A cheap 220W PSU causes PCE164P V008 Power Failure
 
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A cheap 220W PSU causes PCE164P V008 Power Failure  

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Faustino Aguilar
(@faustino_aguilar)
Active Member
Joined: 2 months ago
 

Here I'm telling my story about my first eGPU, so it may help people to not repeat my mistakes.

My current pc is a Dell Inspiron 14 3442 FHD mod with a 3543 i5-5200U motherboard, 8GB RAM with PCI Gen2x1 WLAN mPCIe port. I have no money to build a full desktop so I decided to try a eGPU using the cheap (11 USD) PCE164P V008 mPCIe adapter. Then I found a used MSI RX 550 4GB OC on eBay for 50 USD. The issue began when I wanted to recycle a 220W PSU from an old office pc.

So my setup was:

  • Dell Inspiron i5-5200U (laptop)
  • 8GB RAM (laptop)
  • 240GB SSD (laptop)
  • MSI RX 550 4GB OC (eGPU)
  • PCE164P V008 mPCIe (eGPU)
  • 220W PSU (for eGPU)

All assembled and connecting the sata to 6 pin power cable adapter included with the PCE164P I started using my eGPU.

First I tried Halo MCC, Crysys Warhead and GTA V at 768p monitor 60fps and after a couple of minutes I noticed a heat coming from my custom cardboard eGPU box.

The sata connector and the PSU were super hot. So, I decided to shutdown all and research more about my setup.

Seems SATA cable is rated for a theoretical maximum of 54 W. So I disconnected the adapter and mod my PSU to create a 6 pin header.

It worked at first but after a hard shutdown mistakenly done by my brother it damaged something in my PCE164P, my GPU and laptop were ok.

I'm a lucky guy, that crappy PSU mod could had trashed my entire setup and even burn my house.

Finally, I got a better 500W PSU and tried all again, the damaged PCE164P  couldn't deliver more than 35W without crashing my GPU, so I had to underclock my RX 550 by -40% (25W) to avoid crashes until I get my new PCE164P.

So, never be cheap on PSU. Get a good PSU with 6 pin PCI header and connect it directly to the PCE164P 6 pin port.

Happy holidays! 🙂

This topic was modified 2 months ago

Dell Inspiron 14 FHD 3442 mod with 3543 i5-5200U motherboard. 8GB RAM. eGPU PCE164P V008 MSI RX550 4GB OC. PSU 500W.


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joevt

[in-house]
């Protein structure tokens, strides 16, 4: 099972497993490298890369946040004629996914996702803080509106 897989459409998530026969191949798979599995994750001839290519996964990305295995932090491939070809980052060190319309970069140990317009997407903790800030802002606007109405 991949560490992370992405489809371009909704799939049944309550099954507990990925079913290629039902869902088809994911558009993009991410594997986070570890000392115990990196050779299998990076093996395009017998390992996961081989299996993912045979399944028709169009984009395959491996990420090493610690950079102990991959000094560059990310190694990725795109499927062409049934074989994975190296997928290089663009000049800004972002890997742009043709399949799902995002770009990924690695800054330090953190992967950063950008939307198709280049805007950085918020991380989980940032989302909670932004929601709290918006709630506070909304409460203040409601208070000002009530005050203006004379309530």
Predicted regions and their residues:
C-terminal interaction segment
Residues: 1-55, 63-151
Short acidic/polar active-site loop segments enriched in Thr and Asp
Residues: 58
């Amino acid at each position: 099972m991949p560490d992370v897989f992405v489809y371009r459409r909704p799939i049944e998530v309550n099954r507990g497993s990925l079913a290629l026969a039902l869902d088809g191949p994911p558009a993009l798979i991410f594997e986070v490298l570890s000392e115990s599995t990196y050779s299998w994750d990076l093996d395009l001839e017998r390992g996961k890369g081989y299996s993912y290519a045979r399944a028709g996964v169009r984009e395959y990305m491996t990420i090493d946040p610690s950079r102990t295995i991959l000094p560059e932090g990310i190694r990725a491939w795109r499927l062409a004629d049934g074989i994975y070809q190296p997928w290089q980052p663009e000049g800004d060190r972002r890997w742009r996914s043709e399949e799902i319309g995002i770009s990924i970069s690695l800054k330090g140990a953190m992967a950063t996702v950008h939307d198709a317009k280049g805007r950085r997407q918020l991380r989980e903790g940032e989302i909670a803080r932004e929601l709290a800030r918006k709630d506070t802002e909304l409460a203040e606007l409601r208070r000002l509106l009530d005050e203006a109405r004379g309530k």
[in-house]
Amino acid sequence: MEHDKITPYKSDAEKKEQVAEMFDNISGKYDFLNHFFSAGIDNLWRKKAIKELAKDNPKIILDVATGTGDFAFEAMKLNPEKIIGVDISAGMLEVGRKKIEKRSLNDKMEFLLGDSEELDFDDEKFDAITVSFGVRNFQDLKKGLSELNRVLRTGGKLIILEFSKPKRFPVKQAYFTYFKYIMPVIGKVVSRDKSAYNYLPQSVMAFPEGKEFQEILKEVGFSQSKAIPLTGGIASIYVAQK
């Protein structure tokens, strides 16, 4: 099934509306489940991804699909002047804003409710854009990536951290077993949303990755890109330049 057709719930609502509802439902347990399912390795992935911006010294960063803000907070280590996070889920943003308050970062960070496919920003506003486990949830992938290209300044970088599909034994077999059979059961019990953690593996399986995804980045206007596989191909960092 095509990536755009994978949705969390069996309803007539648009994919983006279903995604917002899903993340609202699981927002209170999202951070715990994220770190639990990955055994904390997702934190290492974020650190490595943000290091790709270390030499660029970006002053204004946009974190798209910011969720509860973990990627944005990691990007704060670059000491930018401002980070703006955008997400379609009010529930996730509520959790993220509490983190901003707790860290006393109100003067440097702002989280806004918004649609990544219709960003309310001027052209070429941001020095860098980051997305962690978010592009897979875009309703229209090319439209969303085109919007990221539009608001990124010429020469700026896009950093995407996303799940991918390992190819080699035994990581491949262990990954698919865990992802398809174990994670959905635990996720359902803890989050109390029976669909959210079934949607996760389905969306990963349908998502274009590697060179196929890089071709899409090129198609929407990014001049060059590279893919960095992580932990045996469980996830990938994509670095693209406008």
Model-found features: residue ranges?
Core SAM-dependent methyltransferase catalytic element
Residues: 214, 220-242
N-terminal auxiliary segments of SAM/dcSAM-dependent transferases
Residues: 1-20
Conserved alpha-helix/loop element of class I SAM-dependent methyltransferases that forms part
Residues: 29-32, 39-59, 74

(@joevt)
Noble Member
Joined: 2 years ago
 

I don't think the PCE164P is supposed to supply 75W to the x16 slot. It has only an x1 connection to the computer, so 75W is not an option.

An x1 connection should only require 10W (maybe 25W after negotiation with the computer?). Should do some research with pciutils to be sure...

Most of the power required by a GPU comes directly from the PSU through the GPUs 6 or 8 pin connectors.

http://mine2themax.com/best-mining-riser/#tab-con-11

What connections did you make on the PCE164P and the GPU and the PSU? What was connected to what using what cable? Maybe something was not correct.

Mac mini (2018), Mac Pro (Early 2008), MacBook Pro (Retina, 15-inch, Mid 2015), GA-Z170X-Gaming 7, Sapphire Pulse Radeon RX 580 8GB GDDR5, Sonnet Echo Express III-D, Trebleet Thunderbolt 3 to NVMe M.2 case


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Faustino Aguilar
(@faustino_aguilar)
Active Member
Joined: 2 months ago
 

@joevt

Thank you for your reply to my post!

The GPU RX 550 doesn't use external power connectors, it gets all its power from the pce164p x16 pcie slot.

Posted by: @joevt

An x1 connection should only require 10W (maybe 25W after negotiation with the computer?)

Oh, I didn't know that, this is a nice thing to know.

After researching a little bit more, I discovered my PCE164P has a burn fuse because overvoltage:

 

Dell Inspiron 14 FHD 3442 mod with 3543 i5-5200U motherboard. 8GB RAM. eGPU PCE164P V008 MSI RX550 4GB OC. PSU 500W.


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joevt
(@joevt)
Noble Member
Joined: 2 years ago
 

@faustino_aguilar

Maybe not a good idea to use a GPU that doesn't have external power connectors with a riser. TDP of RX550 is 50W
https://www.techpowerup.com/gpu-specs/radeon-rx-550.c2947

I did sudo lspci -vvvv on my MacPro3,1 and found some devices that want 25.000W (ASM1142 USB controller, Thunderbolt controllers). Nothing was asking for 75W.

On my Macmini8,1, I found three slots that can provide 75.000W and the rest can provide 25.000W or 10.000W. For devices, the NVMe gets 25.000W, some related (T2?) Apple devices also, Wifi and Ethernet devices get 10.000W.

Probably should read the PCIe spec to see what those numbers mean.

 

Mac mini (2018), Mac Pro (Early 2008), MacBook Pro (Retina, 15-inch, Mid 2015), GA-Z170X-Gaming 7, Sapphire Pulse Radeon RX 580 8GB GDDR5, Sonnet Echo Express III-D, Trebleet Thunderbolt 3 to NVMe M.2 case


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